A do-it-yourself (DIY) foam fire extinguisher developed in 2015 by two University of Cape Town (UCT) students to combat fires in informal settlements has been given a new lease of life via international open-sharing platform dooiy.org. The device was designed for their final-year chemical engineering project.
The former high school and university mates and graduates Desania Govender and Yandisa Sojola are now working in Ireland and Secunda respectively. Eight years ago, the pair took an existing idea for a DIY fire extinguisher and developed it for communities living in shacks, where fire is a constant hazard. This threat has grown with loadshedding as more families turn to candles and paraffin to light and fuel their homes.
The low-cost foam extinguisher uses common household products and waste. The basics are a two-litre cooldrink bottle, water, vinegar, dishwashing liquid and bicarbonate of soda.
Most popular hack
“The idea for our fire extinguisher was initiated by a school project with a similar design,” said Govender, now in Ireland where she works as a business modelling consultant. She and Sojola expanded and developed the design, activation mechanism and combination of ingredients.
“The fire extinguisher is now the most popular hack on the dooiy platform.”
Their device works for class A fires (solid combustibles such as cardboard, wood, plastics and cloth) and class B fires (flammable liquids such as gasoline or petroleum). Smothering works best to douse these fires. The foam produced by a chemical reaction set off within the bottle does this very effectively. (The main chemical reaction comes from the interaction between the vinegar and the bicarbonate of soda, generating pressure. The foam comes from the dishwashing liquid.)
“We are proud that the fire extinguisher is now the most popular hack on the dooiy platform,” said Govender. She and Sojola, a process engineer at SASOL in Secunda, are delighted at the renewed impetus. Sojola grew up in Gugulethu and is well familiar with the threat of fire in densely built urban townships.
Although chemical engineering students don’t get to choose their final-year assignment, Govender and Sojola said they were fortunate to work on such a high-impact project.
“Having grown up in Cape Town and especially in winter, we would often hear about fires destroying hundreds of homes due to how densely built people’s homes are in informal settlements,” said Sojola.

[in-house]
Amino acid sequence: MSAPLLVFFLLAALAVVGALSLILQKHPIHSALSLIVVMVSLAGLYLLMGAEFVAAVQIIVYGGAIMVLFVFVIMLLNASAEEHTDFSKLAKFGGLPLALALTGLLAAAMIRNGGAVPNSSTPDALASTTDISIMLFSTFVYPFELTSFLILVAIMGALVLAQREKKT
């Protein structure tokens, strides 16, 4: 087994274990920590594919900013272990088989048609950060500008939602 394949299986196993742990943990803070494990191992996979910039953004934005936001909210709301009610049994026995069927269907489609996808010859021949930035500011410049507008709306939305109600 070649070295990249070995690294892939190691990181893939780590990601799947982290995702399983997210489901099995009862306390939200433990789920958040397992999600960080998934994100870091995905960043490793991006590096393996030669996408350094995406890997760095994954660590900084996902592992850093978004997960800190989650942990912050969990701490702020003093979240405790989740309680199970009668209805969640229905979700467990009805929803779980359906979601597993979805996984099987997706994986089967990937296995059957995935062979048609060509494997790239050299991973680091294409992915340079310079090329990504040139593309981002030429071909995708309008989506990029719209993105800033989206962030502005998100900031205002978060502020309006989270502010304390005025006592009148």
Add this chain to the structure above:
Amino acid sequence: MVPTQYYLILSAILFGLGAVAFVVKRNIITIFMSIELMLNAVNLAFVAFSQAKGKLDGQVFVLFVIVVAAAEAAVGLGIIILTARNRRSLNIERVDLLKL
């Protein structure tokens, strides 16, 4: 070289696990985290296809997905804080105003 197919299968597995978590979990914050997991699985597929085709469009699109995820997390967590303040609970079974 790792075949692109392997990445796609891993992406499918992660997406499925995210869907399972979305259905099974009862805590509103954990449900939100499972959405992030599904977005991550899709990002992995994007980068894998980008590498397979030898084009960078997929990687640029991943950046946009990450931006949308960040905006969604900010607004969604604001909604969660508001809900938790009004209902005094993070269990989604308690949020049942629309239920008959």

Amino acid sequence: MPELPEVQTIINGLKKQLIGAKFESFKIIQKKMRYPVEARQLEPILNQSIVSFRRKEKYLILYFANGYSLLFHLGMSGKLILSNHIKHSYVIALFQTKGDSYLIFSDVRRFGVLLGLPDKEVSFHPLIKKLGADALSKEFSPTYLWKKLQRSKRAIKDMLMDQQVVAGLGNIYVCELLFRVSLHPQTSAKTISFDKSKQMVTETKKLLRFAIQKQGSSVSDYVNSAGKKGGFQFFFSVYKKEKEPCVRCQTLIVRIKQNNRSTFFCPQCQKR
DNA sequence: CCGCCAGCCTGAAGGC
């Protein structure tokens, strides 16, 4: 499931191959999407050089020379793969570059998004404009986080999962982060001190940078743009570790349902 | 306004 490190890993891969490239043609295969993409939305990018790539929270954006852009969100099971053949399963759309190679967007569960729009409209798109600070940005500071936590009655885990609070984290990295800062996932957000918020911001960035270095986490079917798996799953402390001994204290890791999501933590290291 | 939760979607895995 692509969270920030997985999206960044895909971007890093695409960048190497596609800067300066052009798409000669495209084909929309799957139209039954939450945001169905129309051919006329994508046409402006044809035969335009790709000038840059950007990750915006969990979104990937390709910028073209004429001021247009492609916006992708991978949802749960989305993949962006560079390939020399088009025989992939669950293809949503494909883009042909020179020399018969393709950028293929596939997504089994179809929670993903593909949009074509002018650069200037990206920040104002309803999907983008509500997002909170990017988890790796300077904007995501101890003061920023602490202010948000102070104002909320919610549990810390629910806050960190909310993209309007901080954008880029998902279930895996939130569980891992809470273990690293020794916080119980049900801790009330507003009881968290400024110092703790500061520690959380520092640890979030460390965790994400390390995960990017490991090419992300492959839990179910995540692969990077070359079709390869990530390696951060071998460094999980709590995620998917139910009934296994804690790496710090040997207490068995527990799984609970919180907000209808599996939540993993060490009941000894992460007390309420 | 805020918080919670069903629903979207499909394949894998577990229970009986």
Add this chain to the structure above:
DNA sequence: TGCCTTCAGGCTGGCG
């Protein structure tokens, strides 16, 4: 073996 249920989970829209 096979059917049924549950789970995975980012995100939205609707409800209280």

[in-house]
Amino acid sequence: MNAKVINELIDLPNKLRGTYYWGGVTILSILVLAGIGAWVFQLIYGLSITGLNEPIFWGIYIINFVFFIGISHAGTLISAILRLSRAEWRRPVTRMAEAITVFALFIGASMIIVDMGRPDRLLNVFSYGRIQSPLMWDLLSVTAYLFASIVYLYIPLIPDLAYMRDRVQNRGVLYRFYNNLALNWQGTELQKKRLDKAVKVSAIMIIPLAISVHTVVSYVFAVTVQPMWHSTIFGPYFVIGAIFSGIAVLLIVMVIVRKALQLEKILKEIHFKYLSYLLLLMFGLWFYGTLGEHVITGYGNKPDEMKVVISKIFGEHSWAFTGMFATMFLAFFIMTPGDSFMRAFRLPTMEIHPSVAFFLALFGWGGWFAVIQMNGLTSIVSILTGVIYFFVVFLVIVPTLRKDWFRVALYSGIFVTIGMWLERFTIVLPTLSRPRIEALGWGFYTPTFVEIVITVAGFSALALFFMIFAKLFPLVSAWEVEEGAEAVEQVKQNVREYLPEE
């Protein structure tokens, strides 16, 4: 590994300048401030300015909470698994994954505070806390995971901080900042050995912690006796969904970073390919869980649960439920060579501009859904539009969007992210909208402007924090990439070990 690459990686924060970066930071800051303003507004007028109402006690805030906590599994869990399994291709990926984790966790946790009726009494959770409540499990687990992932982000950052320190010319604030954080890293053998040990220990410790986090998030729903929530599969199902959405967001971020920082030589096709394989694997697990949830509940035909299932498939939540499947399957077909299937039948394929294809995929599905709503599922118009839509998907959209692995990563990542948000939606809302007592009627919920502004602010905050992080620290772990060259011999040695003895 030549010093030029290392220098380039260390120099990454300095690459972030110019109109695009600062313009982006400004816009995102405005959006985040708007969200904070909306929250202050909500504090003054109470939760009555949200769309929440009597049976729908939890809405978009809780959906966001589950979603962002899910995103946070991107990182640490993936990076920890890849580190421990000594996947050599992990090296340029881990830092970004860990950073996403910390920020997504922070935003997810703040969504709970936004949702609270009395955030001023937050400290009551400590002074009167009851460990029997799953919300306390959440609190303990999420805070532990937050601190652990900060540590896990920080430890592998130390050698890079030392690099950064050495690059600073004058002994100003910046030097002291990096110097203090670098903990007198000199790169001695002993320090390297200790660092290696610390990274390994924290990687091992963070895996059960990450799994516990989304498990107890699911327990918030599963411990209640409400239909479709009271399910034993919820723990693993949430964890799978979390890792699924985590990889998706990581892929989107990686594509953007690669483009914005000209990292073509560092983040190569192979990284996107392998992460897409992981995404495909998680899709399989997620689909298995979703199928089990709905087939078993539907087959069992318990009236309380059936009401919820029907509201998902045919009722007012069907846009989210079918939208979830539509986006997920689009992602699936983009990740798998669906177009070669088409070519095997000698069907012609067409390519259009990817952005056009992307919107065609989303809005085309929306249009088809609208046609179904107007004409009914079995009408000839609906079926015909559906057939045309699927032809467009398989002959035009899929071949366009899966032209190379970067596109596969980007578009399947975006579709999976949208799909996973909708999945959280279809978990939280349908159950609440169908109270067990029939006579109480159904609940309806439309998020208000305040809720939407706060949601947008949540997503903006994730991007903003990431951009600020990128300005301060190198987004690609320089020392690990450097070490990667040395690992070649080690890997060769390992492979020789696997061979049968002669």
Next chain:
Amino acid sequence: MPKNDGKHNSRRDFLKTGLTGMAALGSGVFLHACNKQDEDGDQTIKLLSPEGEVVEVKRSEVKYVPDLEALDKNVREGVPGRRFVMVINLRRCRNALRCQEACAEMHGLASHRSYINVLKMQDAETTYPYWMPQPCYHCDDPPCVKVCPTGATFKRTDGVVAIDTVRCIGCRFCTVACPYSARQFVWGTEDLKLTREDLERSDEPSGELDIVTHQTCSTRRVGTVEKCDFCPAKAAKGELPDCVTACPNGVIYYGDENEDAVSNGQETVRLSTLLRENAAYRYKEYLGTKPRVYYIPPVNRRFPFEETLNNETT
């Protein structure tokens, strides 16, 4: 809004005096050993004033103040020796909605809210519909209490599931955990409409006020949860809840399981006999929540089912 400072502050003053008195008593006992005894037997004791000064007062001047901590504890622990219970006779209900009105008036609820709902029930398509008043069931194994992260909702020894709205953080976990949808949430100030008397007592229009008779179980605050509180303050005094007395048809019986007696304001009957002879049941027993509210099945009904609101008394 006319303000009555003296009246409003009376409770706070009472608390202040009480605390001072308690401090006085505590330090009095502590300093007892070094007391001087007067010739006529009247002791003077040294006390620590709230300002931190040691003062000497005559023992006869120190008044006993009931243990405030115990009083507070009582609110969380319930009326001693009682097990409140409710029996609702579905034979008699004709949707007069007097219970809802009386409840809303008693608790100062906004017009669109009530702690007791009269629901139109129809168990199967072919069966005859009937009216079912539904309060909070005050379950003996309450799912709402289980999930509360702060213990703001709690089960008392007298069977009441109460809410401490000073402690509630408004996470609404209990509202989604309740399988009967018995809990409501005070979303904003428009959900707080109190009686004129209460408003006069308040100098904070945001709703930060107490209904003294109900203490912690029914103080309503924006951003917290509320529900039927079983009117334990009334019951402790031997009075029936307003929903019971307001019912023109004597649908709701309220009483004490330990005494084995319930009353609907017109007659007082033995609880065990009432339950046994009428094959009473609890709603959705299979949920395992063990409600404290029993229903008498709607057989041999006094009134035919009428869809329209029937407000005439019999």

“What drew us to the project is that it would impact the community,” said Govender.
With limited time, they couldn’t visit informal settlements, but were able to tap into a wealth of research to answer important questions. What were the distances between shacks? What devices could be used? Were these accessible to these communities?
Once they had a prototype, they conducted foam experiments on upper campus and “hot testing” at the South African Fire and Medical Academy.
Just ‘dooiy’ it
That their device has been given a second “encore” is thanks to technology and its reach. As part of their project, Govender and Sojola created an instructional pamphlet for their DIY extinguisher. This is what Marlene Lerch, the co-founder of dooiy and German non-profit organisation Hack Your Shack, found when she was searching the web for DIY hacks.
“All those good solutions out there have no reach.”
Other hacks on their platform include a bucket washing machine made with two buckets and a toilet plunger, a kitchen module with an integrated sink, a vertical garden made from plastic bottles, and a smart cooker. These hacks make life easier and safer for people living in informal settlements and other under-served communities across the world.
“It is really hard to find applicable solutions for informal settlements on the internet, and all those good solutions out there have no reach,” said Lerch. This was the impetus for the dooiy platform, designed and built by her software engineer husband, Christian.
The easy-to-access platform consumes very little data and battery power. It fulfils their mission to make “actionable open-source knowledge accessible to everyone anywhere, no matter the price of your data, income or language”.
South African pilot